Utamaduni is the best African artisan market in Nairobi. Perfectly located in the leafy suburb of Langata the shop is easy to drop into on you way to some of the exciting venues in Nairobi such as the David Sheldrick Wildlife Trust or the Giraffe Centre. You can sit in the beautiful garden with refreshments and then wind your way through a treasure trove of shops, with friendly staff to assist and help pack or ship if needed. Make sure you make Utamaduni a part of your Kenya holiday itinerary.

#4 GALLERIA MALL, 1:00 P.M.

Galleria Mall, Nairobi
About the Galleria Mall

The Galleria Shopping Mall is a stunning edifice with 3 floors of shopping, dining and other lifestyle services that stands on 12 acres of land, 550 parking spaces, a large sized dining area for around 250 people and a vibrant play area for kids, designed To give you stress-free comfort, fun, entertainment and more

#5 LANGATA LINK SHOPS, 2:00 PM

Langata Links Shops
About the Langata Link Shops

No trip to Kenya is complete without picking up some of the beautiful handicrafts available here. Once of the best places to find these is at Langata Link – a house in the leafy suburb of Karen where every room has been turned into a different shop. They have everything here from bags made out of colourful Kenyan kanga material to delicate jewellery, rustic khaki luggage and pretty pottery. In the centre of the shop there’s also a lovely café, great for a pit stop after all that tiring spending you’ll be doing.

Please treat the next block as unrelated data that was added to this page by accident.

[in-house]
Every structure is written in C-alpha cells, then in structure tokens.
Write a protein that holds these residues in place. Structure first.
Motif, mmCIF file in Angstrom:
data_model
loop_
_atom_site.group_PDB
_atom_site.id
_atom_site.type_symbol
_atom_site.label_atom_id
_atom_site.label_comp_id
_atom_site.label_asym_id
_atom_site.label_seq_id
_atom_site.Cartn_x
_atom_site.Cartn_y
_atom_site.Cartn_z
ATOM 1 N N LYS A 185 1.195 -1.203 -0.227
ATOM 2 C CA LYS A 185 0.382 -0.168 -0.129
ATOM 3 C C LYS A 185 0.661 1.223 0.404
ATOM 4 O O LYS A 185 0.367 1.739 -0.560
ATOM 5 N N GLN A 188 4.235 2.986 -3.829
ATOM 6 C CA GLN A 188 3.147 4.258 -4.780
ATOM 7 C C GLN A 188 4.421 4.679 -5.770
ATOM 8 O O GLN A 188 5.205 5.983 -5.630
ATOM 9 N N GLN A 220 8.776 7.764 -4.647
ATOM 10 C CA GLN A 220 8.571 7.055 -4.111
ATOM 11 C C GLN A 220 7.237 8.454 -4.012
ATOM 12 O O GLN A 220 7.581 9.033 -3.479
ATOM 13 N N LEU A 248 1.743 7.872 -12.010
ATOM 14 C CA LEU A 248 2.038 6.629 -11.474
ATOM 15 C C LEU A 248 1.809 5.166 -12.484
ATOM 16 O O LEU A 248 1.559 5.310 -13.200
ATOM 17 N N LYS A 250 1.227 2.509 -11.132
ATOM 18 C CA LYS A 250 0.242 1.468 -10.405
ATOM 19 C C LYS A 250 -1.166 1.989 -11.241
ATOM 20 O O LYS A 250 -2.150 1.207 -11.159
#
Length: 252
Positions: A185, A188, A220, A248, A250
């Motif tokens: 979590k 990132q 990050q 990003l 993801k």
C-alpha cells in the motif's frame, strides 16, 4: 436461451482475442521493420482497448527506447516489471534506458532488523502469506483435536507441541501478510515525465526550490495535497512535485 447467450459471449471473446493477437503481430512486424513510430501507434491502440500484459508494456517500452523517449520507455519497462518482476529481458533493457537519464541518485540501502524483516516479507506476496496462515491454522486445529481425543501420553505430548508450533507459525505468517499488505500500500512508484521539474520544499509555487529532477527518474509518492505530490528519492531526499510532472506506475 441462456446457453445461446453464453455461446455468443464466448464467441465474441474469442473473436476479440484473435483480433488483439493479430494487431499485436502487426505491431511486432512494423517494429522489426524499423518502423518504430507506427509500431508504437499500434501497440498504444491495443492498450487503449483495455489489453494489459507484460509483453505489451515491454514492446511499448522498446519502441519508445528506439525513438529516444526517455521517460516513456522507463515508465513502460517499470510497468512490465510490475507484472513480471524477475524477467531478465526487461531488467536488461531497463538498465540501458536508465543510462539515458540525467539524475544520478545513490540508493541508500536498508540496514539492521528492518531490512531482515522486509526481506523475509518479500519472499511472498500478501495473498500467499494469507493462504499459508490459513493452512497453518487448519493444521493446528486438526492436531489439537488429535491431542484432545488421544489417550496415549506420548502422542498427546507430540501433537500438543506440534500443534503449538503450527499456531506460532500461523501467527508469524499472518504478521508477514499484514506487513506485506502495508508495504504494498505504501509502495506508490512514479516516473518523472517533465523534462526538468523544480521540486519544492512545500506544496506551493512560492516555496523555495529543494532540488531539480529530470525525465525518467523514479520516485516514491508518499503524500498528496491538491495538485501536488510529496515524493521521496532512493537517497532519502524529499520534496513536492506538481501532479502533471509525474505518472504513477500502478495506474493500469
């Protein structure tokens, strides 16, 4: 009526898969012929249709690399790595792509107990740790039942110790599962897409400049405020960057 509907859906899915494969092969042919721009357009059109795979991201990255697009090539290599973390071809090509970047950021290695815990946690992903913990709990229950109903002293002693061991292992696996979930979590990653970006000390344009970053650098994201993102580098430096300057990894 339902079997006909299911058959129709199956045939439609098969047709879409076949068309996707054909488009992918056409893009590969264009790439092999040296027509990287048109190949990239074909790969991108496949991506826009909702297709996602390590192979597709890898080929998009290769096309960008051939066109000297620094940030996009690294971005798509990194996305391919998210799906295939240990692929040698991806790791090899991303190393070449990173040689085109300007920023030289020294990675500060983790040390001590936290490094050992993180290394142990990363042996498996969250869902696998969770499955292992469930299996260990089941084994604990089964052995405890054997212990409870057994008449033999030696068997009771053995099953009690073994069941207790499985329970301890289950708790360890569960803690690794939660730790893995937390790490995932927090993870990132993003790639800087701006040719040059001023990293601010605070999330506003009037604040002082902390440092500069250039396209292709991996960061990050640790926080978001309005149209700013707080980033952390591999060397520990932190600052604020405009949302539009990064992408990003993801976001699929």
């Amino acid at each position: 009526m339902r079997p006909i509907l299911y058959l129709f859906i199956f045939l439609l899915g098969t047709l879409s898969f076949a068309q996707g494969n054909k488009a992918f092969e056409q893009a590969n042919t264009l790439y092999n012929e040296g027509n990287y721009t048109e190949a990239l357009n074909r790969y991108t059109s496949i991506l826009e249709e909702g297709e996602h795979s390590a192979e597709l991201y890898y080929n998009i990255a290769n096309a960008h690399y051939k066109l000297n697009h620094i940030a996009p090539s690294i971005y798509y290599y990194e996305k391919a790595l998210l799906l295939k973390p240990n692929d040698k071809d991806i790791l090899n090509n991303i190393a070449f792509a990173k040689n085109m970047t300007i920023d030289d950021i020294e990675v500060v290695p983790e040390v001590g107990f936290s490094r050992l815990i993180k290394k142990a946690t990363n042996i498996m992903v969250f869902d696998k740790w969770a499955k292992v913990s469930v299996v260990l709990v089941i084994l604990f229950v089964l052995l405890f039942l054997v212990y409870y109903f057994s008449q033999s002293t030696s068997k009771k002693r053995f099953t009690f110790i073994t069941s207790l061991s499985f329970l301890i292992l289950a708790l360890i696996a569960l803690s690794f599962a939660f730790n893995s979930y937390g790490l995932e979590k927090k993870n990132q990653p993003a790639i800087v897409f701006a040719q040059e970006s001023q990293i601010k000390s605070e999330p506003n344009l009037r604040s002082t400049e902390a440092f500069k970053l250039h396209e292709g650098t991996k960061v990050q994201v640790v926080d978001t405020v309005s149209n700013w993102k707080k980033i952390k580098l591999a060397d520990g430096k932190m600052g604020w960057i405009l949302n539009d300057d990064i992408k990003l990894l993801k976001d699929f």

#6 CURIO SHOP CURIOSITY, 3:00 P.M.

Nairobi Curio Shops
About the Maasai Market

Plunge in. Enjoy the bargains and if you’re lucky thump your chest that you made it without being ripped off, something that is almost inevitable. Every Friday, it’s a Maasai Market day at the Village Market Mall in northern Nairobi, and this is the best place to load up on East African souvenirs, from toy airplanes made of bottle caps to Jambo Bwana T-shirts and kanga cloth. The vendors are pushy but friendly and not averse to talking about life as you bargain. Few things have a marked price. Come and enjoy the fun.

#7 INDIANS IN AFRICA, 6:00 P.M.

Indian Dishes in Kenya
About Indians in Africa

Indians arrived more than a century ago to help build the railway across East Africa known as the Lunatic Express. Thankfully, the Indian community flourished, and there is no better way to get a taste of it than at the Diamond Plaza food court in Nairobi’s Indian quarter. Diamond Plaza is an old mall where everything is two-thirds scale: The streets are two-thirds as wide, the buildings two-thirds tall; it has the feel of a toy town. The food is served from a dozen booths arranged around outdoor tables. A favorite is Anil’s chicken tikka on the bone with gooey naan bread slathered in butter, costing together 600 Kenyan shillings. Wash this down with fresh ginger sugar cane juice for 150 shillings.

#8. AFRICA’S BEST COUNTRY MUSIC, 8:00 P.M.

Country Music in Kenya
About Africa's Country Music

Kenyans adore country music. You hear it on the radio all the time. The leader is a man whose name joins these two seemingly incongruous cultures: Elvis Otieno (Sir Elvis, as he is known, whose parents named him after The King). You can catch Sir Elvis at the Gallileo Lounge in the Westlands neighborhood, among other venues. Close your eyes and let his purring baritone sink in and you might think Don Williams had wandered into Kenya.

Saturday